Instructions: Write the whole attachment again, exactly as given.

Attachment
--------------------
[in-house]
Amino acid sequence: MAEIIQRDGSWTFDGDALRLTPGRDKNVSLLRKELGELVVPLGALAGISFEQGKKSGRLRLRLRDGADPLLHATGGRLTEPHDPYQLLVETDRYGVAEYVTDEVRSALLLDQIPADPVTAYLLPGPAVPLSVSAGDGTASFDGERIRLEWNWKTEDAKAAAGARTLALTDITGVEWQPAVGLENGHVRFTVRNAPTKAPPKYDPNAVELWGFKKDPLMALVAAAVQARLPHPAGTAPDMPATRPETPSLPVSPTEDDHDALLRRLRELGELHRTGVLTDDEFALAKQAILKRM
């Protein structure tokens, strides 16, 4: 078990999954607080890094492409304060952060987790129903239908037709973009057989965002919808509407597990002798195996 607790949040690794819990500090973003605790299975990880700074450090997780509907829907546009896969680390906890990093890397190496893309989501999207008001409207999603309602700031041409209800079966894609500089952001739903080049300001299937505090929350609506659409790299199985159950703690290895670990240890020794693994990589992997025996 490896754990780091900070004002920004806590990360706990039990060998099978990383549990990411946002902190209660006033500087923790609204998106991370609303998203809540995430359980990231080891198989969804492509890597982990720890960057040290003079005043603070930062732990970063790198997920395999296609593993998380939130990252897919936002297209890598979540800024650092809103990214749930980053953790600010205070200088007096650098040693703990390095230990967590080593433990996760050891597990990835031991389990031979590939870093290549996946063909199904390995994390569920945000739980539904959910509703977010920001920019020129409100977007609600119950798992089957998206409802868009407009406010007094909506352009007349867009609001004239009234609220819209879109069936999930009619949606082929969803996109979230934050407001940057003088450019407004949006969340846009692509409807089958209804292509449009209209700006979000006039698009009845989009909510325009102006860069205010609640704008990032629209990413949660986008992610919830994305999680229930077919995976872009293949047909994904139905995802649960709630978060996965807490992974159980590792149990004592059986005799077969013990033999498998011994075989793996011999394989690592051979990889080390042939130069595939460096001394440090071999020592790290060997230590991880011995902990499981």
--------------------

[in-house]
Amino acid sequence: MAEIIQRDGSWTFDGDALRLTPGRDKNVSLLRKELGELVVPLGALAGISFEQGKKSGRLRLRLRDGADPLLHATGGRLTEPHDPYQLLVETDRYGVAEYVTDEVRSALLLDQIPADPVTAYLLPGPAVPLSVSAGDGTASFDGERIRLEWNWKTEDAKAAAGARTLALTDITGVEWQPAVGLENGHVRFTVRNAPTKAPPKYDPNAVELWGFKKDPLMALVAAAVQARLPHPAGTAPDMPATRPETPSLPVSPTEDDHDALLRRLRELGELHRTGVLTDDEFALAKQAILKRM
């Protein structure tokens, strides 16, 4: 078990999954607080890094492409304060952060987790129903239908037709973009057989965002919808509407597990002798195996 607790949040690794819990500090973003605790299975990880700074450090997780509907829907546009896969680390906890990093890397190496893309989501999207008001409207999603309602700031041409209800079966894609500089952001739903080049300001299937505090929350609506659409790299199985159950703690290895670990240890020794693994990589992997025996 490896754990780091900070004002920004806590990360706990039990060998099978990383549990990411946002902190209660006033500087923790609204998106991370609303998203809540995430359980990231080891198989969804492509890597982990720890960057040290003079005043603070930062732990970063790198997920395999296609593993998380939130990252897919936002297209890598979540800024650092809103990214749930980053953790600010205070200088007096650098040693703990390095230990967590080593433990996760050891597990990835031991389990031979590939870093290549996946063909199904390995994390569920945000739980539904959910509703977010920001920019020129409100977007609600119950798992089957998206409802868009407009406010007094909506352009007349867009609001004239009234609220819209879109069936999930009619949606082929969803996109979230934050407001940057003088450019407004949006969340846009692509409807089958209804292509449009209209700006979000006039698009009845989009909510325009102006860069205010609640704008990032629209990413949660986008992610919830994305999680229930077919995976872009293949047909994904139905995802649960709630978060996965807490992974159980590792149990004592059986005799077969013990033999498998011994075989793996011999394989690592051979990889080390042939130069595939460096001394440090071999020592790290060997230590991880011995902990499981």